Evaluation of procedures for outer membrane isolation from Campylobacter jejuni

Rhonda I. Hobb, Joshua A. Fields, Christopher M. Burns, Stuart A. Thompson

Research output: Contribution to journalArticle

56 Scopus citations


Although infection with Campylobacter jejuni is one of the leading causes of gastroenteritis worldwide, relatively little is known about the factors that are required to elicit a protective immune response. The need for a vaccine against this pathogen is well recognized and a number of vaccine candidates have been tested with varying degrees of success; however, there is still a lack of a suitable vaccine. To gain a better understanding of the outer-membrane protein components of this organism, a 'gold standard' method to purify the outer membrane is needed. Therefore, we attempted to develop a robust and reliable method which resulted in a pure outer-membrane fraction. A total of nine methodologies were examined and analysed by SDS-PAGE and immunoblotting using subcellular markers for the cytoplasm, cytoplasmic membrane and outer membrane. We found that glycine extraction, differential detergent extraction using Triton X-100, serial extraction using 1 M Tris pH 7, spheroplasting by lysozyme and sonication, and carbonate extraction did not produce pure outer-membrane preparations. However, we identified three methods that provided outer-membrane fractions free from subcellular contamination. Isopycnic centrifugation using a 30-60% sucrose gradient produced seven fractions free from cytoplasmic or cytoplasmic membrane contamination; however, these fractions did not correspond as well as expected with the typical outer-membrane-associated peak (e.g. Escherichia coli or Salmonella). The spheroplast method using lysozyme alone also resulted in pure outer-membrane fraction, as did carbonate washing of this sample. The extraction of outer membranes using N-lauroylsarcosine (Sarkosyl) produced the purest and most reproducible sample. These outer-membrane preparations will be useful for future studies aimed at identifying C. jejuni surface proteins as vaccine components.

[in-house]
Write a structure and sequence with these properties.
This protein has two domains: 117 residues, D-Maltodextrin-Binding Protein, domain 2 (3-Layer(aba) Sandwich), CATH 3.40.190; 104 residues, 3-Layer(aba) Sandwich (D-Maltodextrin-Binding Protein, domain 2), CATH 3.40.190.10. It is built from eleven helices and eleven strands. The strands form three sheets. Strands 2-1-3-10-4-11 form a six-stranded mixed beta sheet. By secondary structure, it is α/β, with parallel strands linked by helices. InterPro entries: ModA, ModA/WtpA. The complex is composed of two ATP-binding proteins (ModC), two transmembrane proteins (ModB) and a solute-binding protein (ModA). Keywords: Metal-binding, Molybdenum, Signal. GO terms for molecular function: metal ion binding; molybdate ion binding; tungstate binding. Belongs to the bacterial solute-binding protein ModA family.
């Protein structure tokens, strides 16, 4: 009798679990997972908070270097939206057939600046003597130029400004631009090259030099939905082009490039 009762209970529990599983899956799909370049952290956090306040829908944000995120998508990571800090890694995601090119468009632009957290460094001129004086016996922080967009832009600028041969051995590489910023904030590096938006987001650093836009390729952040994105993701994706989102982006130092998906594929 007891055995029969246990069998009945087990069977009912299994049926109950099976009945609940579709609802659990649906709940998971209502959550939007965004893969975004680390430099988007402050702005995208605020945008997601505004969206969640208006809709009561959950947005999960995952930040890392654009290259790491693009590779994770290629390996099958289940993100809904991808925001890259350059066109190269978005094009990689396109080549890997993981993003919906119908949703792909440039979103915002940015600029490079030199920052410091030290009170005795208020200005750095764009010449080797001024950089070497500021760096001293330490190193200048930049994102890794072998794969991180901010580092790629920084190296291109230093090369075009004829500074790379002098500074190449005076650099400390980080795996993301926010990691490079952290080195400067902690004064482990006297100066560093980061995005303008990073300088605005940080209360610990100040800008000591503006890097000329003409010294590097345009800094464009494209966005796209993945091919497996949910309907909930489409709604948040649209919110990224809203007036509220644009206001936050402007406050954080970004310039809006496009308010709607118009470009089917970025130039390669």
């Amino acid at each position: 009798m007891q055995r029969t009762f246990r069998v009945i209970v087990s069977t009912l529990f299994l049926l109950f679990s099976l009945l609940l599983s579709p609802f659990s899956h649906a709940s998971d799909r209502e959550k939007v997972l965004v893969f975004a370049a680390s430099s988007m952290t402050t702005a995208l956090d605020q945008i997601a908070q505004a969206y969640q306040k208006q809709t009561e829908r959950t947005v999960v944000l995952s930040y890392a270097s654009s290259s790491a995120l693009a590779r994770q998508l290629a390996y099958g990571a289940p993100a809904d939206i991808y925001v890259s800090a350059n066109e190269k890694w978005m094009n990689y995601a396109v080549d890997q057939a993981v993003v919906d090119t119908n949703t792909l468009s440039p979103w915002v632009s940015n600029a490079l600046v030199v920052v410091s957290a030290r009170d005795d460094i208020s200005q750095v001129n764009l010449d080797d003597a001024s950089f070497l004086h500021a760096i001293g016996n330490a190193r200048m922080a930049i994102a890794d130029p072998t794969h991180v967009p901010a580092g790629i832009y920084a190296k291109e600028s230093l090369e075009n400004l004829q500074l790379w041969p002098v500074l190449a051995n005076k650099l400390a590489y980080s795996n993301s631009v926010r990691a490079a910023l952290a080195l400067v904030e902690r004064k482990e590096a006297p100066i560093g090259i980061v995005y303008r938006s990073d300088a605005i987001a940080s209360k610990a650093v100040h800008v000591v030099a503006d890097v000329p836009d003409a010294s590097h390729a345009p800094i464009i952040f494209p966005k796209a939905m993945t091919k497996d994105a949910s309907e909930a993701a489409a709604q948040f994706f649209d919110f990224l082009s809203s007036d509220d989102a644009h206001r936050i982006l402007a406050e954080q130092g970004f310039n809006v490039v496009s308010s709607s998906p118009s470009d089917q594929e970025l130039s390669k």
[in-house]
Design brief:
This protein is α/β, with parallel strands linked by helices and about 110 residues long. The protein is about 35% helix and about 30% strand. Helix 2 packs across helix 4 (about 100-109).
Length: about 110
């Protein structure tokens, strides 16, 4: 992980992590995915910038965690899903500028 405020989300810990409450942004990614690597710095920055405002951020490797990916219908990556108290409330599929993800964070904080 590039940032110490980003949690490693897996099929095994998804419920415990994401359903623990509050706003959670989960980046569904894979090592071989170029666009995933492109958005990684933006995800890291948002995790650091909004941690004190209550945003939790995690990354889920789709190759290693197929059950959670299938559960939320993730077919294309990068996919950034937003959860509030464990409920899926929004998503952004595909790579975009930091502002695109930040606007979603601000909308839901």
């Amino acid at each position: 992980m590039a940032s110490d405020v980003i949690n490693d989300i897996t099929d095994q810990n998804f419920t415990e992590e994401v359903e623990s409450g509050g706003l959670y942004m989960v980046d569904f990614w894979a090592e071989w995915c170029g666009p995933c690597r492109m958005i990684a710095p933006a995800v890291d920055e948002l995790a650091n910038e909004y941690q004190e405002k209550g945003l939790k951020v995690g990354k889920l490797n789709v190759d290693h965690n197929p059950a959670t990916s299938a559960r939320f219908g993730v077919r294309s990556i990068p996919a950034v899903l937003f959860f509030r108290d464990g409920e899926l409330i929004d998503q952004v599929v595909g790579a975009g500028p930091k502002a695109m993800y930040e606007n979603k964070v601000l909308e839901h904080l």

Original languageEnglish (US)
Pages (from-to)979-988
Number of pages10
Issue number3
StatePublished - 2009

ASJC Scopus subject areas

  • Microbiology

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